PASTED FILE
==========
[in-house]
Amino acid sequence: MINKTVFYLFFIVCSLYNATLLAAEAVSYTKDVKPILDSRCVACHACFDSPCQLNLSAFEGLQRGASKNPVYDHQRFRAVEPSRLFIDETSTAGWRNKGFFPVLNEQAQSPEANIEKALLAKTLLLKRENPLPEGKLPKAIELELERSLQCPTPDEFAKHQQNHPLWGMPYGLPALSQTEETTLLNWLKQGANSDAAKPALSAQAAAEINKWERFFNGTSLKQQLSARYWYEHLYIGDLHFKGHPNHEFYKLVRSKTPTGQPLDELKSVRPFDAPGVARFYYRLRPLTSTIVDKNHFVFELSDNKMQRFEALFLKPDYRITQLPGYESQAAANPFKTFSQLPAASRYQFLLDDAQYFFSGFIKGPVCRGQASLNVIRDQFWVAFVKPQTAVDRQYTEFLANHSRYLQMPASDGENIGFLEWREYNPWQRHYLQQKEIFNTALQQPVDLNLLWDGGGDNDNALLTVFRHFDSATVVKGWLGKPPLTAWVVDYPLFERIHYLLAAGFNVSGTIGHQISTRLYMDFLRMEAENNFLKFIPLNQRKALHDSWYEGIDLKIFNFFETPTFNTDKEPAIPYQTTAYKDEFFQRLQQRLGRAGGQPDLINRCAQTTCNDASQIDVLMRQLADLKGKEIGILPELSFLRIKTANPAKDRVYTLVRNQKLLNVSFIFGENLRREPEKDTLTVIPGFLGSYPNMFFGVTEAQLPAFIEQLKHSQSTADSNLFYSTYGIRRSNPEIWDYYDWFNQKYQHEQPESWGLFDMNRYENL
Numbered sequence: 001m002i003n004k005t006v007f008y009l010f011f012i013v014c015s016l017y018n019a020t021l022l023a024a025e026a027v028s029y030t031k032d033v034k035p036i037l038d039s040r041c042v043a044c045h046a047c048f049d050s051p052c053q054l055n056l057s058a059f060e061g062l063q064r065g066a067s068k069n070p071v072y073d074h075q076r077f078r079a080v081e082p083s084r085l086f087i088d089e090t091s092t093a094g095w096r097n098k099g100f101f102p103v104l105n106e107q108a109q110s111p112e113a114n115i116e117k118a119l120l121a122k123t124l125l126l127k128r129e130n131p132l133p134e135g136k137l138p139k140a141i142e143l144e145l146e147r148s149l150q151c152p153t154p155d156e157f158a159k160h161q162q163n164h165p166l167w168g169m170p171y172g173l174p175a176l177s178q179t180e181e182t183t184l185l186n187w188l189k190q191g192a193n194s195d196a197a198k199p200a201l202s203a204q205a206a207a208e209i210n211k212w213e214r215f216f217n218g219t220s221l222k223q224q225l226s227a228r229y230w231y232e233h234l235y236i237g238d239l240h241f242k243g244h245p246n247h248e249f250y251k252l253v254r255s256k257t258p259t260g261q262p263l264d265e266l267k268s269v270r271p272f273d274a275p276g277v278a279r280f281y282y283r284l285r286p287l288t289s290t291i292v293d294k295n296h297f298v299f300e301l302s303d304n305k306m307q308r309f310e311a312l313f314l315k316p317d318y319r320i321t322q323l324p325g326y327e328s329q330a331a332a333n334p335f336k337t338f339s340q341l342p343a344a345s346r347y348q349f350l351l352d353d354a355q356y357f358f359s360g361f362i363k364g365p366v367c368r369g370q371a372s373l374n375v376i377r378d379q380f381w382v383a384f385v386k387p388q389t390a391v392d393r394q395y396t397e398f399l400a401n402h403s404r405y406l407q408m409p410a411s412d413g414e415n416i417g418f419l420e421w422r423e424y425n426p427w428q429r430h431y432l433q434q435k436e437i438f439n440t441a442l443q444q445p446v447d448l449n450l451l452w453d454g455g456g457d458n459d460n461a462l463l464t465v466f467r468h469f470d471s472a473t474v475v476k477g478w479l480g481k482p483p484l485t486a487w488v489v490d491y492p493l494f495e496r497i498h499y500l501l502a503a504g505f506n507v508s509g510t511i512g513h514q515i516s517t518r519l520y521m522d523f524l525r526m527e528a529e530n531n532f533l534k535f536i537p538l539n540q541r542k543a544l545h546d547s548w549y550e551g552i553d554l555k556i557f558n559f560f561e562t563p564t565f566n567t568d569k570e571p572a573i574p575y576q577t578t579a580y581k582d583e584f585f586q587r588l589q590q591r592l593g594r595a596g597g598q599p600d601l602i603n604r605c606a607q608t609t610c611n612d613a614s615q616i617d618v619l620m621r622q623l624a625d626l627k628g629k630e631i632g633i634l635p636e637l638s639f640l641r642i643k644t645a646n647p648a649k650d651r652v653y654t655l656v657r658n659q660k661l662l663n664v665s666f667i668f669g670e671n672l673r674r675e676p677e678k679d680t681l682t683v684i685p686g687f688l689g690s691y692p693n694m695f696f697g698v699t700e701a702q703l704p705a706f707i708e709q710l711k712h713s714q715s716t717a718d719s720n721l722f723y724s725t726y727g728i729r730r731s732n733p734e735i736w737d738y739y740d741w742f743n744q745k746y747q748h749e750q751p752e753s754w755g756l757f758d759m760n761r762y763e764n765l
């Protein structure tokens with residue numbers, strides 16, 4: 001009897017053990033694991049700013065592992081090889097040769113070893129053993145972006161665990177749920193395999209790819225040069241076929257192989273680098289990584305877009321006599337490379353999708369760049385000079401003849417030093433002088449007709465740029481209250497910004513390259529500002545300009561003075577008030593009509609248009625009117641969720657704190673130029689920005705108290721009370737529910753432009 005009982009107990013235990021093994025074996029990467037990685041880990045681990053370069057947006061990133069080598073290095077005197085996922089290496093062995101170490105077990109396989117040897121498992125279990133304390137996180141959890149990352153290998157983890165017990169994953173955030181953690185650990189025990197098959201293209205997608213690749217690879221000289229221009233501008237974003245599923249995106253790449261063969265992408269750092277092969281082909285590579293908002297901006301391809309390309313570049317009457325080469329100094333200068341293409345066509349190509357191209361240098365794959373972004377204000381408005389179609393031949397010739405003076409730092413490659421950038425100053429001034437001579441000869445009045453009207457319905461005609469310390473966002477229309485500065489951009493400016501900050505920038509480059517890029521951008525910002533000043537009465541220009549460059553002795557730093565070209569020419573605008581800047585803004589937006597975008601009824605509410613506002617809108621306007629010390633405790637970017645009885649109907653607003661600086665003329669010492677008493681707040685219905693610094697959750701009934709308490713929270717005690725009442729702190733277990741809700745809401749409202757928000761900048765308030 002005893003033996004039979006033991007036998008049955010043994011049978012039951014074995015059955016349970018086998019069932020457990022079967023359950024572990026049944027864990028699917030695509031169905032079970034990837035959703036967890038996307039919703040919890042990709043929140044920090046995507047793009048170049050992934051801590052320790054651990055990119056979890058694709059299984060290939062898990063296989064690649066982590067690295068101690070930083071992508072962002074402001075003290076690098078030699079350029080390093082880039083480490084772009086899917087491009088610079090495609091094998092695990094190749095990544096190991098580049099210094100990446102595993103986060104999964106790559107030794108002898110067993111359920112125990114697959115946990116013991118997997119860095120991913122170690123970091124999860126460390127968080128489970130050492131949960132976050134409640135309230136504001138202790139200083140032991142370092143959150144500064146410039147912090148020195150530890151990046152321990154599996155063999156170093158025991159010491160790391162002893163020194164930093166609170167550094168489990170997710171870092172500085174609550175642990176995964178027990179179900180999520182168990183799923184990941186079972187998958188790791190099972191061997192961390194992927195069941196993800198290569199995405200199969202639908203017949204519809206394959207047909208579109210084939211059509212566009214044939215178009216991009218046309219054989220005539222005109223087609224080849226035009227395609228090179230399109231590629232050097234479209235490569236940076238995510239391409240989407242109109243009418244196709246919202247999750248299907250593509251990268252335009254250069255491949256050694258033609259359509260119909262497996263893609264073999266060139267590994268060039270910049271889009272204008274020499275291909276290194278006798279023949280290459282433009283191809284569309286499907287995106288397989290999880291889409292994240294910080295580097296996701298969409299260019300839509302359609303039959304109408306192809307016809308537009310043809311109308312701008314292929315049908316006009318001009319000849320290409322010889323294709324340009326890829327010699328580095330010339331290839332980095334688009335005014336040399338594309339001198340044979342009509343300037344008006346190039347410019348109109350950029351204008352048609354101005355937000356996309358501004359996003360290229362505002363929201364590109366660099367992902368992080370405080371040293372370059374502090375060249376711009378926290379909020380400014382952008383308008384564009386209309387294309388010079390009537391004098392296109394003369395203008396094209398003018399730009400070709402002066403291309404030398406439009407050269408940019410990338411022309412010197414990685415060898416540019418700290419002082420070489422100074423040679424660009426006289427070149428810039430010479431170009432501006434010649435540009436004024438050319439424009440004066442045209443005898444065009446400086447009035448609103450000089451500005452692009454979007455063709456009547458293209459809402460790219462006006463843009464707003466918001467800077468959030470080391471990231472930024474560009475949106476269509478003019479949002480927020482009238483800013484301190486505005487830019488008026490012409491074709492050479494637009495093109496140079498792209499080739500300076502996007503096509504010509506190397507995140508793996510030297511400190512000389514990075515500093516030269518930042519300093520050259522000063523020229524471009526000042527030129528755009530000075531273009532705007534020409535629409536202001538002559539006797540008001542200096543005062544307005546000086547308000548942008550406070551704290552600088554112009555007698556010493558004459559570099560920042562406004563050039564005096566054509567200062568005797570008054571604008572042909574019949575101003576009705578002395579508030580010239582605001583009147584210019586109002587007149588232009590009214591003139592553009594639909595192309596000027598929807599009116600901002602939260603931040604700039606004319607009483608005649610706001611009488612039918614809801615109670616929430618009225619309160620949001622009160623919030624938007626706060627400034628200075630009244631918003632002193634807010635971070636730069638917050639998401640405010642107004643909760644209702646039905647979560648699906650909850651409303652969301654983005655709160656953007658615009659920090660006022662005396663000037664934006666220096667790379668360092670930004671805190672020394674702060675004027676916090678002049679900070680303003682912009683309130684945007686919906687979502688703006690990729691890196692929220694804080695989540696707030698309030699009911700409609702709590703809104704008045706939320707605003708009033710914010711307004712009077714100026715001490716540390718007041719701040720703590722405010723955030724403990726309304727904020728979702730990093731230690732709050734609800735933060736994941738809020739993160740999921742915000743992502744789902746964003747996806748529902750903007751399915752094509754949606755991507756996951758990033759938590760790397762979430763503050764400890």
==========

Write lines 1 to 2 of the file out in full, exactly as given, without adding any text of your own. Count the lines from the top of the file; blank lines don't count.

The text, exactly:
[in-house]
Amino acid sequence: MINKTVFYLFFIVCSLYNATLLAAEAVSYTKDVKPILDSRCVACHACFDSPCQLNLSAFEGLQRGASKNPVYDHQRFRAVEPSRLFIDETSTAGWRNKGFFPVLNEQAQSPEANIEKALLAKTLLLKRENPLPEGKLPKAIELELERSLQCPTPDEFAKHQQNHPLWGMPYGLPALSQTEETTLLNWLKQGANSDAAKPALSAQAAAEINKWERFFNGTSLKQQLSARYWYEHLYIGDLHFKGHPNHEFYKLVRSKTPTGQPLDELKSVRPFDAPGVARFYYRLRPLTSTIVDKNHFVFELSDNKMQRFEALFLKPDYRITQLPGYESQAAANPFKTFSQLPAASRYQFLLDDAQYFFSGFIKGPVCRGQASLNVIRDQFWVAFVKPQTAVDRQYTEFLANHSRYLQMPASDGENIGFLEWREYNPWQRHYLQQKEIFNTALQQPVDLNLLWDGGGDNDNALLTVFRHFDSATVVKGWLGKPPLTAWVVDYPLFERIHYLLAAGFNVSGTIGHQISTRLYMDFLRMEAENNFLKFIPLNQRKALHDSWYEGIDLKIFNFFETPTFNTDKEPAIPYQTTAYKDEFFQRLQQRLGRAGGQPDLINRCAQTTCNDASQIDVLMRQLADLKGKEIGILPELSFLRIKTANPAKDRVYTLVRNQKLLNVSFIFGENLRREPEKDTLTVIPGFLGSYPNMFFGVTEAQLPAFIEQLKHSQSTADSNLFYSTYGIRRSNPEIWDYYDWFNQKYQHEQPESWGLFDMNRYENL